ChemApp is a programming tool from the area of computational thermochemistry. It is a library consisting of a rich set of subroutines, based on the thermodynamic phase equilibrium calculation module of ChemSage. It permits the calculation of complex, multicomponent, multiphase chemical equilibria and their associated energy balances. ChemApp is available as object code for a wide range of platforms and as a shared library/DLL. ChemApp "light" is the free version of ChemApp, and although it is restricted in two ways compared to the regular version, it gives you almost the same functionality.
The GRASP Project has created an algorithmic-level graphical representation for software called the Control Structure Diagram (CSD). The CSD was created to improve the comprehension efficiency of Ada source code and, as a result, improve software reliability and reduce software costs. Since its creation, the CSD has been expanded and adapted to include other languages. GRASP provides the capability to generate CSD's from Ada 95, C, C++, Java, and VHDL source code in both a reverse and forward engineering mode with a level of flexibility suitable for professional application. GRASP has been integrated with the GNU family of compilers for Ada (GNAT) and C (gcc), and Sun's javac compiler for Java. Use of GRASP is not restricted to these compilers, however. This has resulted in a comprehensive graphically-based development environment for these languages. The user may view, edit, print, and compile source code as CSDs with no discernible addition to storage or computational overhead.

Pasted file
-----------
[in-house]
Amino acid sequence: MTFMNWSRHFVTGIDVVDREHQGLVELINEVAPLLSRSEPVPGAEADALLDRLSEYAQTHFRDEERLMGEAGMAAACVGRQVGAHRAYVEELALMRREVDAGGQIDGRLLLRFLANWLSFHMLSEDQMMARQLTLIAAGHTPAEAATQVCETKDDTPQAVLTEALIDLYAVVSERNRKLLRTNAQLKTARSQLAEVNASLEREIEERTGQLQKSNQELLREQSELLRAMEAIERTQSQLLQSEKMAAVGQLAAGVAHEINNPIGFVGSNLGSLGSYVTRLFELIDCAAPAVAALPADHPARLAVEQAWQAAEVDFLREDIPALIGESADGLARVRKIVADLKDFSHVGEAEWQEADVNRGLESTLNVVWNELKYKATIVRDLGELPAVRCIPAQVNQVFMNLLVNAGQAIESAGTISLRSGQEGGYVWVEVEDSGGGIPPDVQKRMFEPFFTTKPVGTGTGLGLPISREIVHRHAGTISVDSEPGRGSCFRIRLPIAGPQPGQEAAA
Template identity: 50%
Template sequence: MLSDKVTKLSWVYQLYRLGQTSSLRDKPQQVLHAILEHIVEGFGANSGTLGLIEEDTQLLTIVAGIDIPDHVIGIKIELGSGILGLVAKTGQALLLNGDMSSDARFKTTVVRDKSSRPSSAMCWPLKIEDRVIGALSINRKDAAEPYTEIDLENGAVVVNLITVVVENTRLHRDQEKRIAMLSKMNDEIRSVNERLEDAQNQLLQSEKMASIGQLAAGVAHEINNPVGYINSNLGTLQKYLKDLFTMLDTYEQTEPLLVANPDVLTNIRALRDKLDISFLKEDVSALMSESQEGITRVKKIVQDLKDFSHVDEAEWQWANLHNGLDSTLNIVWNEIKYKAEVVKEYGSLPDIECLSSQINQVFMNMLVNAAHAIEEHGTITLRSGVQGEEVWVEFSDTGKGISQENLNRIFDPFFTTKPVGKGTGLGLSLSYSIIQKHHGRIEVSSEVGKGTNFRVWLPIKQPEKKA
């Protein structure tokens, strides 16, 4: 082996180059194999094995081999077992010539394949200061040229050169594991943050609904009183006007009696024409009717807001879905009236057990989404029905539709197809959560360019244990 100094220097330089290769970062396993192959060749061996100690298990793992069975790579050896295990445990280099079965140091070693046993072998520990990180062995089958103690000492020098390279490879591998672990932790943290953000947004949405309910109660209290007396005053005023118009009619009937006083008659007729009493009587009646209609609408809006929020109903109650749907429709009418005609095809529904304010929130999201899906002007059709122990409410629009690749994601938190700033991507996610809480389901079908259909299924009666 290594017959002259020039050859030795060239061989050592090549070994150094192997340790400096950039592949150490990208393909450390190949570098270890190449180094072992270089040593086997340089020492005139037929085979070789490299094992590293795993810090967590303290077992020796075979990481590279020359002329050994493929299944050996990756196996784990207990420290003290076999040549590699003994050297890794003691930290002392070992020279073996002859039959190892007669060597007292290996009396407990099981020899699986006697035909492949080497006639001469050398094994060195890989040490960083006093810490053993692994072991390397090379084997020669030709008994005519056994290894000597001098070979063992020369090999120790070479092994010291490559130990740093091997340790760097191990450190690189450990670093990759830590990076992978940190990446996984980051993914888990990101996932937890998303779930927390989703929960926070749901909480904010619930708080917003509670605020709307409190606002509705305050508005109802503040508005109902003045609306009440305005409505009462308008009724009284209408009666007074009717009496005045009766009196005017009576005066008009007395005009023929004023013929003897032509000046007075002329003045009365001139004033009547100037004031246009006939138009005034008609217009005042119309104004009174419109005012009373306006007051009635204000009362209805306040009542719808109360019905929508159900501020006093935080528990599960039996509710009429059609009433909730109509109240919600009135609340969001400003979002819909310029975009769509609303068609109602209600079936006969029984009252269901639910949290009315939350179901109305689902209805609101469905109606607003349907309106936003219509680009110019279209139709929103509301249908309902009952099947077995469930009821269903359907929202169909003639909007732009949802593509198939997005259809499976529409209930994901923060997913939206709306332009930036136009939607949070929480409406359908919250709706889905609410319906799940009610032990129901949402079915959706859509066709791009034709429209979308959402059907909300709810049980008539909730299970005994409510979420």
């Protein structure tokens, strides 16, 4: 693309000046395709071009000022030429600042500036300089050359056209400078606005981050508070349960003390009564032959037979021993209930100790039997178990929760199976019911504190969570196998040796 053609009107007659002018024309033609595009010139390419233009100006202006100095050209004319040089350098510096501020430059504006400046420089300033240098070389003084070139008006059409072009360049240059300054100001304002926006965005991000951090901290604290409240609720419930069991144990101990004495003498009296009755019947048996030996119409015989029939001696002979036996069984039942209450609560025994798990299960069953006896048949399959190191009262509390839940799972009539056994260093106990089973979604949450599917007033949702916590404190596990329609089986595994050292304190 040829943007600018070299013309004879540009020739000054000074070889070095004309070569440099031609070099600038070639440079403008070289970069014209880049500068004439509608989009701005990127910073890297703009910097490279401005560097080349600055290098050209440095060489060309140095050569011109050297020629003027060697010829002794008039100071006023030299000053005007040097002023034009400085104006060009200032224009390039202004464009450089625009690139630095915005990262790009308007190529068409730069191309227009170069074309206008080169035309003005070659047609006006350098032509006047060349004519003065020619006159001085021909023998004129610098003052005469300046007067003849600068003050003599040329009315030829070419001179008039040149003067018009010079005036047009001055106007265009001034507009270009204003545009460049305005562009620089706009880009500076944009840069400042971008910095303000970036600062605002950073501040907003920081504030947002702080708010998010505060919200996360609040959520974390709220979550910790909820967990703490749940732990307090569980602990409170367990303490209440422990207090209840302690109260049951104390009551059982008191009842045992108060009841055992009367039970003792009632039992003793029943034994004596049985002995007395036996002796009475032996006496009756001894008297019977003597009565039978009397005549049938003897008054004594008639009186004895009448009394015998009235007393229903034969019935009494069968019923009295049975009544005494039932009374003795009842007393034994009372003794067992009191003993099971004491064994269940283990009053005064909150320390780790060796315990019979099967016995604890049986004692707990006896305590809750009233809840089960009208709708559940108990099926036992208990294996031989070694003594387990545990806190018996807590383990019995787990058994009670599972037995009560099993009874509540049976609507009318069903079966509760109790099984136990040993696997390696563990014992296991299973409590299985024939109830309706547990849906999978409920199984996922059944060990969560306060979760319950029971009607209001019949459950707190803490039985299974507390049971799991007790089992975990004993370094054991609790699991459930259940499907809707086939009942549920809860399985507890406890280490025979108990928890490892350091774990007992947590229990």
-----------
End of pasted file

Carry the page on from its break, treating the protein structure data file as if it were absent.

Hoard is a scalable memory allocator (malloc replacement) for multithreaded applications. Hoard can dramatically improve your application's performance on multiprocessor machines. No changes to your source are necessary; just link it in. Hoard scales linearly up to at least 14 processors. The supported platforms include Linux, Solaris, Mac OS X, and Windows NT/2000/XP/64.
LinAl was designed to bring together C++ and FORTRAN. At the same time LinAl is supposed to be easy to use, fast, and reasonably safe. The LinAl library is based on STL techniques and uses STL containers for the storage of matrix data and STL algorithms where feasible. Low level, algebraic operators, linear solvers, and eigenvalue solvers are implemented, based on calls to BLAS, LAPACK, and CGSOLX.
PVM (Parallel Virtual Machine) is a portable message-passing programming system, designed to link separate host machines to form a ``virtual machine'' which is a single, manageable computing resource. The virtual machine can be composed of hosts of varying types, in physically remote locations. PVM applications can be composed of any number of separate processes, or components, written in a mixture of C, C++ and Fortran. The system is portable to a wide variety of architectures, including workstations, multiprocessors, supercomputers and PCs.
TAU (Tuning and Analysis Utilities) is a set of tools for analyzing the performance of C, C++, Fortran and Java programs. It collects much more information than is available through prof or gprof, the standard Unix utilities, including per-process, per-thread, and per-host information, inclusive and exclusive function times, profiling groups that allow you to organize data collection, access to hardware counters on some systems, per-class and per-instance information, the ability to separate data for each template instantiation, start/stop timers for profiling arbitrary sections of code, and support for collection of statistics on user-defined events.
The ATLAS (Automatically Tuned Linear Algebra Software) project is an ongoing research effort focusing on applying empirical techniques in order to provide portable performance. It provides C and Fortran77 interfaces to a portably efficient BLAS implementation, as well as a few routines from LAPACK.